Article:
Boris Johnson has faced a defection and a demand to quit from one of his most senior MPs during a dramatic day in Westminster, with even allies of the prime minister warning the current situation cannot go on.
David Davis caused shockwaves when he told Johnson in the Commons: “In the name of God, go.” Less than an hour earlier, Christian Wakeford, the MP for Bury South, quit the Conservatives and joined Labour in fury at the Downing Street parties scandal.
The prime minister vowed to battle on in No 10 and his supporters insisted he now had the breathing space for a fightback, with many MPs awaiting the outcome of the Sue Gray inquiry.
But Johnson faces a growing clamour from Tory backbenchers to buy their support in any confidence vote by ditching a £12bn-a-year tax rise this spring. National insurance contributions are due to increase from April to fund health and social care and any U-turn could risk a showdown with the chancellor, Rishi Sunak.
Johnson managed to get through the day without a confidence vote being triggered. Tory MPs estimated that as many as 30 letters may have been submitted of the 54 required, with more expected to come in after Gray, a senior civil servant, delivers her finding on alleged rule-breaking in Downing Street next week.
The rebellion has so far been led publicly by disillusioned 2019-intake MPs worried about the plunge in support in their seats. But sources said the next wave of letters was likely to come in from “One Nation” Conservatives from the centrist wing of the party if the Gray report is sufficiently damning of Johnson’s conduct.
Tory MPs said Johnson was not out of the woods, with two ministers describing the current situation as a “shitshow”. One minister said he was reserving judgment until after the Gray findings but the prime minister did not have “carte blanche” to continue in post.
The decision of many colleagues about whether to continue backing the prime minister may hinge on whether they think he will seriously harm the party’s chances in the local elections, he added.
Numerous Tory MPs described to the Guardian a deluge of angry letters from constituents, ranging from 250 to 2,000 in one case – surpassing the anger at the lockdown-busting trips of the former No 10 aide Dominic Cummings.
Johnson held meetings with MPs on Wednesday in an effort to persuade them to hold off from submitting no confidence letters and tried to curry favour with his backbenchers by announcing an end to Covid regulations in England.
However, backbenchers said he would need to do more and many remain undecided about whether he should continue in the job. One senior MP who is strongly supporting the prime minister said if he was to survive he would need new senior staff in No 10 to “put him in a straitjacket”.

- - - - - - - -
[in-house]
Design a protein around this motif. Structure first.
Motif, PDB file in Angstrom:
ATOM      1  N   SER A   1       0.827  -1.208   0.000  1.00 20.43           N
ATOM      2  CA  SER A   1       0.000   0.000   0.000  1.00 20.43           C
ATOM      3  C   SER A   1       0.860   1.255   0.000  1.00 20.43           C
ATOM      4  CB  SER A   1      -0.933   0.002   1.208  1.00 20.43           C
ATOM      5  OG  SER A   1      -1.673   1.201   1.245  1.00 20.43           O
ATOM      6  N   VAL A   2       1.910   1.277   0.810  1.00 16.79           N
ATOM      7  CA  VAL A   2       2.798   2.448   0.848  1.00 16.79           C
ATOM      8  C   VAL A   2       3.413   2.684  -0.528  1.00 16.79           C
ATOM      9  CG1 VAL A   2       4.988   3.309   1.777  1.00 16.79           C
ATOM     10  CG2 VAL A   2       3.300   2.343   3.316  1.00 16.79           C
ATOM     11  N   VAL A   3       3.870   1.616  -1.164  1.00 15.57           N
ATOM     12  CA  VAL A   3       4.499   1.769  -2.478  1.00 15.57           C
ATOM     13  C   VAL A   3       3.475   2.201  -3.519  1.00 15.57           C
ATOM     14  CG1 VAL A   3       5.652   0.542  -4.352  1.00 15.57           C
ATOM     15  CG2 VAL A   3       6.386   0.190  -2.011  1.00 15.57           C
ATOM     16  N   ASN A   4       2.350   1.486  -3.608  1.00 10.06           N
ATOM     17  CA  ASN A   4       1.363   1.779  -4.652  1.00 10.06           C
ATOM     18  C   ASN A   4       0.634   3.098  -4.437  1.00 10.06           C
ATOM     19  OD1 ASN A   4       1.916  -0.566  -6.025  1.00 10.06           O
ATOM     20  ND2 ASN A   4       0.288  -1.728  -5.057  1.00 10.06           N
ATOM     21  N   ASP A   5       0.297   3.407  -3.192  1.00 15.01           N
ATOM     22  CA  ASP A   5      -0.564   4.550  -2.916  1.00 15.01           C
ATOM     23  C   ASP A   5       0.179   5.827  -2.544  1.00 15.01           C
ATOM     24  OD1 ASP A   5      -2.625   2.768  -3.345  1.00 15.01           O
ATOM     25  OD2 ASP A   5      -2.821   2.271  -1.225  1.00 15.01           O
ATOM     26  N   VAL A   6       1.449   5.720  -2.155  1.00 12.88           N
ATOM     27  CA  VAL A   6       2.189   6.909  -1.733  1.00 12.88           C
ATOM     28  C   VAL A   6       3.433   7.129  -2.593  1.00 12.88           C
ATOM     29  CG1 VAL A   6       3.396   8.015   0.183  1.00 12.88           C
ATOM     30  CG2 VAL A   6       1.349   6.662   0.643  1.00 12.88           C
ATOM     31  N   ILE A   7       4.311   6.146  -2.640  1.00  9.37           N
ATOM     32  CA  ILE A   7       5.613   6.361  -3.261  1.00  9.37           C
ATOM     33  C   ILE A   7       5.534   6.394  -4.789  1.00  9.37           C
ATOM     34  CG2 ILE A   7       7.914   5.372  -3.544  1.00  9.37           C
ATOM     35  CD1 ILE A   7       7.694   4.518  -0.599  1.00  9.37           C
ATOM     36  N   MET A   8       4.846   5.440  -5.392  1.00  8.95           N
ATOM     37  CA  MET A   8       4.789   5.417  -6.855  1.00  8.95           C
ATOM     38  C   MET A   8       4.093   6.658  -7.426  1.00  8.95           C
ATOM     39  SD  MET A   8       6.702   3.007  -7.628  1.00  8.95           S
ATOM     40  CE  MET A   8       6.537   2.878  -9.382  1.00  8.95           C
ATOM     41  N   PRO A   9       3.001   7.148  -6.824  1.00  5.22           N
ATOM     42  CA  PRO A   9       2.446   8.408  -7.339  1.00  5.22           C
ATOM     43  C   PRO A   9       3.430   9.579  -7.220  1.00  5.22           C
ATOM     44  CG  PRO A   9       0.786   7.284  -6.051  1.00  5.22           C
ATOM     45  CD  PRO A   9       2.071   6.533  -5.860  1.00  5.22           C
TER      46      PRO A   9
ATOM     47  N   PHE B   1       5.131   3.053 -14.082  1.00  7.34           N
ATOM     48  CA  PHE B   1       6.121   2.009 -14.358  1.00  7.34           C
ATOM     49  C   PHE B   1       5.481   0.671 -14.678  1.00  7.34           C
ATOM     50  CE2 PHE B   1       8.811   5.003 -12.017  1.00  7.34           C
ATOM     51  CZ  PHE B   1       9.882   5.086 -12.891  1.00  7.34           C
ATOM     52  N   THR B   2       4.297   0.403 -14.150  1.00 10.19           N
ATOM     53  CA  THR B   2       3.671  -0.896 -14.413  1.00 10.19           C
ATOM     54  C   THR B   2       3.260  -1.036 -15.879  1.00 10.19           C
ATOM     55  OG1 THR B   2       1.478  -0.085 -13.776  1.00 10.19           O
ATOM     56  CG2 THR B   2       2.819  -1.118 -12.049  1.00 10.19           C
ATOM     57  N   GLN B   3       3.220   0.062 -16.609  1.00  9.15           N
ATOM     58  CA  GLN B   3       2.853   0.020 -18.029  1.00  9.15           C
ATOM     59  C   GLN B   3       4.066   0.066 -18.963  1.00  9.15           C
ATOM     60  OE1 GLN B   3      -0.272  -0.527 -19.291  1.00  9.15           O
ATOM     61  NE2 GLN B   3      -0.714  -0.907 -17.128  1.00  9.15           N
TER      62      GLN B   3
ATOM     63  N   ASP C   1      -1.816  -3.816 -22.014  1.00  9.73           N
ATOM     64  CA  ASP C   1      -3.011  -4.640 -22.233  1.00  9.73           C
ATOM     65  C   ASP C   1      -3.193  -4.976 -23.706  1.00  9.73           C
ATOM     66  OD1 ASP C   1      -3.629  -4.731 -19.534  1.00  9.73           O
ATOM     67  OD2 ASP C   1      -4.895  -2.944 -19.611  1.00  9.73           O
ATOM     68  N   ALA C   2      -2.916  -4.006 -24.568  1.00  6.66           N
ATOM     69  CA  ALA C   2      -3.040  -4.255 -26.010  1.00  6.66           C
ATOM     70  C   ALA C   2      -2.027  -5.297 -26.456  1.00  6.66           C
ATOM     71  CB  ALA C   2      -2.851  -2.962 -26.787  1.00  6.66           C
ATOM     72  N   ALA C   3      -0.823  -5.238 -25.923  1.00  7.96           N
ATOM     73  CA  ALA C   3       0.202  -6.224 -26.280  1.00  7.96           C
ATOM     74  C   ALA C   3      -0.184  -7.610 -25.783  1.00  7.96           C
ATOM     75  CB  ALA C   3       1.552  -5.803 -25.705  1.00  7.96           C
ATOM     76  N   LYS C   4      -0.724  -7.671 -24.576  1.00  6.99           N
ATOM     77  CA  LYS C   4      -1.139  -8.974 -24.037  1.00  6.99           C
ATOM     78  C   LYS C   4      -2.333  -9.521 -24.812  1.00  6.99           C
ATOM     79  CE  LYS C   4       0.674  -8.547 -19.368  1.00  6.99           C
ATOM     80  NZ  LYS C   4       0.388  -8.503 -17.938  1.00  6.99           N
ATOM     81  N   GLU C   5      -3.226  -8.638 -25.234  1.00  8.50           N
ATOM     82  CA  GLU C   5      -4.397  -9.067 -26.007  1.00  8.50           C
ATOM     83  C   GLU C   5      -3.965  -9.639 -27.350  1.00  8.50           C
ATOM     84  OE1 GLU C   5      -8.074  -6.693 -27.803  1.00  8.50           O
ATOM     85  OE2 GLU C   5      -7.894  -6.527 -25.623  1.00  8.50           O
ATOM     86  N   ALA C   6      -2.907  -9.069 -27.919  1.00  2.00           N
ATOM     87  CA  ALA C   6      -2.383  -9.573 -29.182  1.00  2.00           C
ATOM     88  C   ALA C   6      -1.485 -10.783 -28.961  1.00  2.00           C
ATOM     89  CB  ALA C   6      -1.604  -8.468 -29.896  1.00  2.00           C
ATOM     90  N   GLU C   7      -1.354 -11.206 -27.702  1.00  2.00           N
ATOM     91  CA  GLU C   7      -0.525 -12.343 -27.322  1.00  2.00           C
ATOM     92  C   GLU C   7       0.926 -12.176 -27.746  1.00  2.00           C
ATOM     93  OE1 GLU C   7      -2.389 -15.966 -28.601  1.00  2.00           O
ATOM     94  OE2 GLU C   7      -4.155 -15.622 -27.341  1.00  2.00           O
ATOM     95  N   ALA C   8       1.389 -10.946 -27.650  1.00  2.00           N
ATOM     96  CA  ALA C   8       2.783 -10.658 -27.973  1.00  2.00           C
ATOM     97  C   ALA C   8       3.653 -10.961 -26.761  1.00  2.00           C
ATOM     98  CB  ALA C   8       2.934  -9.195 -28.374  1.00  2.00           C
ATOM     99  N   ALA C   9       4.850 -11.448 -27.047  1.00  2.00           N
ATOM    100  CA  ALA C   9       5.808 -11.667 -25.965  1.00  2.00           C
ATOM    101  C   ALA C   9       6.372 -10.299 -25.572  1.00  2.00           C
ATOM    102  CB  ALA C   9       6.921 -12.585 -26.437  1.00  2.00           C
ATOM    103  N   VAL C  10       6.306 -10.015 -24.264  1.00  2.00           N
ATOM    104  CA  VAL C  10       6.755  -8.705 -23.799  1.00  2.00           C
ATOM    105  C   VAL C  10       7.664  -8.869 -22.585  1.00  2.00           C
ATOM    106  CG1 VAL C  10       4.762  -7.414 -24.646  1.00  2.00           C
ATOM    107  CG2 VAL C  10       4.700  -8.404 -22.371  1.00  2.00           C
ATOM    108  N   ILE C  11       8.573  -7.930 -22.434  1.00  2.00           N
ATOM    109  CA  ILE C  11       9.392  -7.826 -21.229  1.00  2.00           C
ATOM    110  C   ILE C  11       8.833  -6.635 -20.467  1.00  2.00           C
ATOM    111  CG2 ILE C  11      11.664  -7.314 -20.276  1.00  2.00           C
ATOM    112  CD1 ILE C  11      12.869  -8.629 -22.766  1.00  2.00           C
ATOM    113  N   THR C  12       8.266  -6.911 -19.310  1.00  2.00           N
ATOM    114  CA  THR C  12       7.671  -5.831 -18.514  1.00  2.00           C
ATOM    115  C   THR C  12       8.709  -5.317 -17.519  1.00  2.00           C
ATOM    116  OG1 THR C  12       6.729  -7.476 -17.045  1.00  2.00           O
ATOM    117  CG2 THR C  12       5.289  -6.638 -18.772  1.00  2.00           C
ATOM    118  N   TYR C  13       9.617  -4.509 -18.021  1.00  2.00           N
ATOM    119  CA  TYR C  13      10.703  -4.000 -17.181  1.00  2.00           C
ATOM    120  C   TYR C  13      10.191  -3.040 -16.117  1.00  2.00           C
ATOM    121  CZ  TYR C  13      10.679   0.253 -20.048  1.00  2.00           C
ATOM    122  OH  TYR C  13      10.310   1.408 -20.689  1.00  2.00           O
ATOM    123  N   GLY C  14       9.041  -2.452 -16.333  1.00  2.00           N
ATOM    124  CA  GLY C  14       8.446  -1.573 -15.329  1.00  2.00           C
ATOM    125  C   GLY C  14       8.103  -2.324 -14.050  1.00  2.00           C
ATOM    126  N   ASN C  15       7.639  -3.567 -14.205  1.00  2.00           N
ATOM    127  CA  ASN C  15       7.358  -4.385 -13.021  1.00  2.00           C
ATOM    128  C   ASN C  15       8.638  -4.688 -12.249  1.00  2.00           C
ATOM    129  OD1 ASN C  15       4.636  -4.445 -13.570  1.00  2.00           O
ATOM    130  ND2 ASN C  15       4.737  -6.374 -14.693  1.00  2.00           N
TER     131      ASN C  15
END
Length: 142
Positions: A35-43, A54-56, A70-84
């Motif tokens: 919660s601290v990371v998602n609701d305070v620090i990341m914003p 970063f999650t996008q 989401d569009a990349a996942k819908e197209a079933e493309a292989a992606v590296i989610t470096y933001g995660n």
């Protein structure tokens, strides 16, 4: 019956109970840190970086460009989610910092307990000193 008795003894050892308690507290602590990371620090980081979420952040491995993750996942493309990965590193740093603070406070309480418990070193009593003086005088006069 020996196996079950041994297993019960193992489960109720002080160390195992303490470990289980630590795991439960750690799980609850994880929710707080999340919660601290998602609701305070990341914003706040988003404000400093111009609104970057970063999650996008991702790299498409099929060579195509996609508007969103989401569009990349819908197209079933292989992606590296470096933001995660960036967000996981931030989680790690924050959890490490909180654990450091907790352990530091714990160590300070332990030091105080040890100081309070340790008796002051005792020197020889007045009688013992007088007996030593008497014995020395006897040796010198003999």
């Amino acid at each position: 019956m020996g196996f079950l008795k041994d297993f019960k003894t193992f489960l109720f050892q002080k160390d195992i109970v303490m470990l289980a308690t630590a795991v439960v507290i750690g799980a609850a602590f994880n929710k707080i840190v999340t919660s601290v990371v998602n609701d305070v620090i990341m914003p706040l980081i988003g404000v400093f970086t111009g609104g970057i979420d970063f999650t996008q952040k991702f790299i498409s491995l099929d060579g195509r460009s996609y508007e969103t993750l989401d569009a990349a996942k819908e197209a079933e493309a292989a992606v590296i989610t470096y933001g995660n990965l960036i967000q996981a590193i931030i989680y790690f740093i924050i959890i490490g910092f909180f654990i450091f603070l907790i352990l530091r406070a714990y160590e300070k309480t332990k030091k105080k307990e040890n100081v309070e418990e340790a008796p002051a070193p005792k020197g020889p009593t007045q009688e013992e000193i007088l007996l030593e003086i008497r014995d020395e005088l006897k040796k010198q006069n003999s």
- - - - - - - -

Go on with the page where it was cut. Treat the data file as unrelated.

The MP also advised a new “cabinet enforcer”, a reshuffle to remove disloyal cabinet members and a move to address the cost of living crisis by ditching the rise in national insurance contributions. “Is he mortally wounded? That is the question. He is wounded. But if anyone can turn this around, he can,” he said.
A cabinet minister tried to claim Wakeford’s move had a “unifying” effect among Tories and could “draw a line under the whole thing” – but another said the prime minister’s position remained “precarious”.
Senior Labour sources said they were in touch with other “very unhappy” Tory MPs about the prospect of potentially joining Labour, which would be a further serious blow to the prime minister’s authority.
The defection happened just before a chaotic prime minister’s questions, with Wakeford crossing the floor to sit with Labour and blaming Johnson’s own “disgraceful” conduct.
After a fierce set of exchanges between Johnson and Keir Starmer, the Labour leader said: “Doesn’t the country deserve so much better than this out-of-touch, out-of-control, out-of-ideas and soon to be out-of-office prime minister?”
There was then silence in the Commons as Davis rose to tell Johnson that he had spent weeks defending him from “angry constituents” but that repeated reports about lockdown-breaching parties were too much.
The former Brexit secretary and leadership contender said: “I expect my leaders to shoulder the responsibility for the actions they take. Yesterday he did the opposite of that. So I will remind him of a quotation which may be familiar to his ear, Leopold Amery to Neville Chamberlain: ‘You have sat too long here for any good you have been doing. In the name of God, go.’”
Asked by the Guardian afterwards what had motivated him to make an intervention, Davis said Johnson’s interview to Sky News on Tuesday was “not what I expect from a leader”. “Up until now I had been supporting him … but it’s not leadership,” he said. “Yesterday’s interview was an attempt to escape responsibility, not to shoulder it. And that is a test of leadership.”
Junior colleagues are understood to have been pressing Davis to make a statement publicly calling for the prime minister to go, saying the situation needed a “big figure” to intervene.
Johnson insisted in the Commons that he had no intention of resigning, while his press secretary afterwards told reporters that he would fight to carry on if any confidence ballot is triggered.
The prime minister also revealed that Gray’s report is likely to be published early next week amid speculation it could come this week. With the party’s limbo continuing until then, many Tory backbenchers sounded despairing about the ongoing situation.
“Where are the leaders? Where are the strategists to navigate our way through this?” said the Tory MP and former minister Tobias Ellwood. “Instead we have this blue on blue.”